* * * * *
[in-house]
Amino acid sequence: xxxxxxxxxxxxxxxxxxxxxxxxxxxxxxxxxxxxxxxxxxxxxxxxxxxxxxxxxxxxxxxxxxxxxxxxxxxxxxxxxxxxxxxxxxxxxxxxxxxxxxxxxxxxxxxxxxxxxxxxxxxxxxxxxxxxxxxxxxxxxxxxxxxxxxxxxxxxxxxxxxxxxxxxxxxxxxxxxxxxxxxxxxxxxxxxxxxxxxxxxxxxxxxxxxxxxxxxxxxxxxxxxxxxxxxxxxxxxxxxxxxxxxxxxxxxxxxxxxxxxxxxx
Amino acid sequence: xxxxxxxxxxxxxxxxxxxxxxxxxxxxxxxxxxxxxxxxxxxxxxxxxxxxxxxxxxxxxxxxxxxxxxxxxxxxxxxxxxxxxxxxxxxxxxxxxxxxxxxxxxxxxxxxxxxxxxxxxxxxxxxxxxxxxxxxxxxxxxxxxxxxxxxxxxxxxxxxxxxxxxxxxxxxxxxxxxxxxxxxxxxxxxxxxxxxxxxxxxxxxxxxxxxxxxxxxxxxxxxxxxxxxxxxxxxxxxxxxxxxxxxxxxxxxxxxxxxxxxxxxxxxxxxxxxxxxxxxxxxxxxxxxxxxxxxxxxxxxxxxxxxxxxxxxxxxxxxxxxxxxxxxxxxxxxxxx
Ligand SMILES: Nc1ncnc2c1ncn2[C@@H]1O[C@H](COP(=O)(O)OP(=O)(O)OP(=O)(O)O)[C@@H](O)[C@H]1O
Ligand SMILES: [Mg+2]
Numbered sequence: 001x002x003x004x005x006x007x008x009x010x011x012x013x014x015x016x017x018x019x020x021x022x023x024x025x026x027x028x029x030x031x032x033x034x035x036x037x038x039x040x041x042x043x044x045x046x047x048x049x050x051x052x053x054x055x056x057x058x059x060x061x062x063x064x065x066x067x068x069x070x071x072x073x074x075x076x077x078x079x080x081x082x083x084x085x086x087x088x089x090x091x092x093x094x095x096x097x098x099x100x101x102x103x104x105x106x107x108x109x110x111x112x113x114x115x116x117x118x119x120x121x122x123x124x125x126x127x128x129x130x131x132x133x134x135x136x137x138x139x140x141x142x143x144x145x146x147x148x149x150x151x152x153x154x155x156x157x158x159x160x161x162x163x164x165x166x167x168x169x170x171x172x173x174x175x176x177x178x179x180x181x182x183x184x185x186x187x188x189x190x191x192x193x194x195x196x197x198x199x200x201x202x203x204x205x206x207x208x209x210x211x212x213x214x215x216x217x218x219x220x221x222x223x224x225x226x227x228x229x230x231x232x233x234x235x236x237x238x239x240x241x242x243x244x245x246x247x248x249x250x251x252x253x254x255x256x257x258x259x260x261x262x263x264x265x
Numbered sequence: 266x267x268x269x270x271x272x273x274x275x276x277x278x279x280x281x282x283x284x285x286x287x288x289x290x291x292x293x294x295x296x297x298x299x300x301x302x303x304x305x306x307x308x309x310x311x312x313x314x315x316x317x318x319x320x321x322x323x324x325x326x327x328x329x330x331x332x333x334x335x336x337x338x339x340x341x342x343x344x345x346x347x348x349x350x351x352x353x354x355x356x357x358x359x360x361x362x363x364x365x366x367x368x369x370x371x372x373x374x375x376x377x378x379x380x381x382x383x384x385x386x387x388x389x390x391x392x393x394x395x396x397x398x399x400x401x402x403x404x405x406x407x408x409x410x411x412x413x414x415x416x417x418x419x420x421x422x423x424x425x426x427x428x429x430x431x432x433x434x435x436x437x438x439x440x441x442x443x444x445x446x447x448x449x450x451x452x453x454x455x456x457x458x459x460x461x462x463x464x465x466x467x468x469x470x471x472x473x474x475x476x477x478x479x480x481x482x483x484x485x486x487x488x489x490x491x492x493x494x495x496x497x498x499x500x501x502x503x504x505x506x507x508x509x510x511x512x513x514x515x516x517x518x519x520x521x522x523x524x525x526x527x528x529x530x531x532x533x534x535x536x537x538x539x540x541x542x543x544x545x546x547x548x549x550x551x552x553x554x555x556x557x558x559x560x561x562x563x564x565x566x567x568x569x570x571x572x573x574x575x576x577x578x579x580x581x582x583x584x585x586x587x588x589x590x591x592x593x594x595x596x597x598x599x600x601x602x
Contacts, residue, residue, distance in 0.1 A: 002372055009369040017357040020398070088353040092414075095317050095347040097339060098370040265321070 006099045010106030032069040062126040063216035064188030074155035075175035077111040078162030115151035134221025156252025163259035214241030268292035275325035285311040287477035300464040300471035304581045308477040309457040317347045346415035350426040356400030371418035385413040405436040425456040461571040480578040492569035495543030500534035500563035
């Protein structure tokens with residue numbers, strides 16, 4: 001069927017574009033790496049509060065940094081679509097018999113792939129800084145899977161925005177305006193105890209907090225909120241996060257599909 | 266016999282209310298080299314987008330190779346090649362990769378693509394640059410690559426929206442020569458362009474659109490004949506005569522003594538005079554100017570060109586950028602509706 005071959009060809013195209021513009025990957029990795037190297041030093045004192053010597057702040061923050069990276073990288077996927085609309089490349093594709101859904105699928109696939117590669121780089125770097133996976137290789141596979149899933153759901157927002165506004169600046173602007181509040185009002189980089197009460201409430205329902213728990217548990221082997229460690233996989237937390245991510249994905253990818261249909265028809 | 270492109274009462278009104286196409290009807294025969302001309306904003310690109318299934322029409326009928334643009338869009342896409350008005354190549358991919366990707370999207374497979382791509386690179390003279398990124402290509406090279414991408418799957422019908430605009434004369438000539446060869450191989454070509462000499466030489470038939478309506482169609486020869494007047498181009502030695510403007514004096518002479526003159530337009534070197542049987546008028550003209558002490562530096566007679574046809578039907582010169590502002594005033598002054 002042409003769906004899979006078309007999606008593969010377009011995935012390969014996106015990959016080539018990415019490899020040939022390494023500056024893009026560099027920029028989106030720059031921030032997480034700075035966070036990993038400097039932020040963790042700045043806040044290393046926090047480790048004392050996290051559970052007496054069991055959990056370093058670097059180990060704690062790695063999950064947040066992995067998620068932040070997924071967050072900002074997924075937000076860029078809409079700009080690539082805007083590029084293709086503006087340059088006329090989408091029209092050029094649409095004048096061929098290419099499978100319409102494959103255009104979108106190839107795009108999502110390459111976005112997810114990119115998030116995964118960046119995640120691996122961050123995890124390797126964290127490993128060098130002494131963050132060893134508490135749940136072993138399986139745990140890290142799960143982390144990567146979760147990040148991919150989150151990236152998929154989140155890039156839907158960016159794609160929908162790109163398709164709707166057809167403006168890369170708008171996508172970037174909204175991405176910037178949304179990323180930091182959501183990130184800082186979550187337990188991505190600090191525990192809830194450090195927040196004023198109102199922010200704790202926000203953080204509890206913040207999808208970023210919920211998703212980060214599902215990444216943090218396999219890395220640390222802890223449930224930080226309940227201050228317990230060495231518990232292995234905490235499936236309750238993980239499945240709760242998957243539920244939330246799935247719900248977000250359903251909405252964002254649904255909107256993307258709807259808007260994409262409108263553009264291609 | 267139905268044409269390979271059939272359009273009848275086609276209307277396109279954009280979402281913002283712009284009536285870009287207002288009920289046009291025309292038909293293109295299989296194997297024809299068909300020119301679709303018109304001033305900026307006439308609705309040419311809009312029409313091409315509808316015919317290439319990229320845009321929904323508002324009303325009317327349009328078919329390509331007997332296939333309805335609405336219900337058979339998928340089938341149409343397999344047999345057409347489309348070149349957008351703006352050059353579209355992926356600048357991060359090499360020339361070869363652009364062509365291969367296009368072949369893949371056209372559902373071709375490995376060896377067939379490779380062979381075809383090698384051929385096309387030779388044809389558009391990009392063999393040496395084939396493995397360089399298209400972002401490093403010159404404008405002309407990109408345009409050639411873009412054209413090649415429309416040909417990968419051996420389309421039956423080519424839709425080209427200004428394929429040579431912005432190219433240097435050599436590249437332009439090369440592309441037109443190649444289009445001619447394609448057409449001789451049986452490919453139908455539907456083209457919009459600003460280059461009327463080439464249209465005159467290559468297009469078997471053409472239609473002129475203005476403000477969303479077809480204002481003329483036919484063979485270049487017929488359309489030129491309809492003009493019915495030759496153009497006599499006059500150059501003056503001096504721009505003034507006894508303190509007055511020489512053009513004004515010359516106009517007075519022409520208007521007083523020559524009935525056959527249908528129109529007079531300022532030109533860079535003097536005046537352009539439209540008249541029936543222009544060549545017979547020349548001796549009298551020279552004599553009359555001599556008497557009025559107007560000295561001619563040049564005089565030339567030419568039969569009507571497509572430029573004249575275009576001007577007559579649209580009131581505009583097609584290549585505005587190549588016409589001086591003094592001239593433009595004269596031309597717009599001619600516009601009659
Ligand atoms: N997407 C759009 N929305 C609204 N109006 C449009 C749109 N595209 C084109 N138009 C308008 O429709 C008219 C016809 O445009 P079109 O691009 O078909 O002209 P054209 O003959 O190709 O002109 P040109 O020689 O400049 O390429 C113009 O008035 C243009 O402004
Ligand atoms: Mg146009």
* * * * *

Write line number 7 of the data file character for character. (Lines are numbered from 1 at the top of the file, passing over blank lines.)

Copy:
Numbered sequence: 266x267x268x269x270x271x272x273x274x275x276x277x278x279x280x281x282x283x284x285x286x287x288x289x290x291x292x293x294x295x296x297x298x299x300x301x302x303x304x305x306x307x308x309x310x311x312x313x314x315x316x317x318x319x320x321x322x323x324x325x326x327x328x329x330x331x332x333x334x335x336x337x338x339x340x341x342x343x344x345x346x347x348x349x350x351x352x353x354x355x356x357x358x359x360x361x362x363x364x365x366x367x368x369x370x371x372x373x374x375x376x377x378x379x380x381x382x383x384x385x386x387x388x389x390x391x392x393x394x395x396x397x398x399x400x401x402x403x404x405x406x407x408x409x410x411x412x413x414x415x416x417x418x419x420x421x422x423x424x425x426x427x428x429x430x431x432x433x434x435x436x437x438x439x440x441x442x443x444x445x446x447x448x449x450x451x452x453x454x455x456x457x458x459x460x461x462x463x464x465x466x467x468x469x470x471x472x473x474x475x476x477x478x479x480x481x482x483x484x485x486x487x488x489x490x491x492x493x494x495x496x497x498x499x500x501x502x503x504x505x506x507x508x509x510x511x512x513x514x515x516x517x518x519x520x521x522x523x524x525x526x527x528x529x530x531x532x533x534x535x536x537x538x539x540x541x542x543x544x545x546x547x548x549x550x551x552x553x554x555x556x557x558x559x560x561x562x563x564x565x566x567x568x569x570x571x572x573x574x575x576x577x578x579x580x581x582x583x584x585x586x587x588x589x590x591x592x593x594x595x596x597x598x599x600x601x602x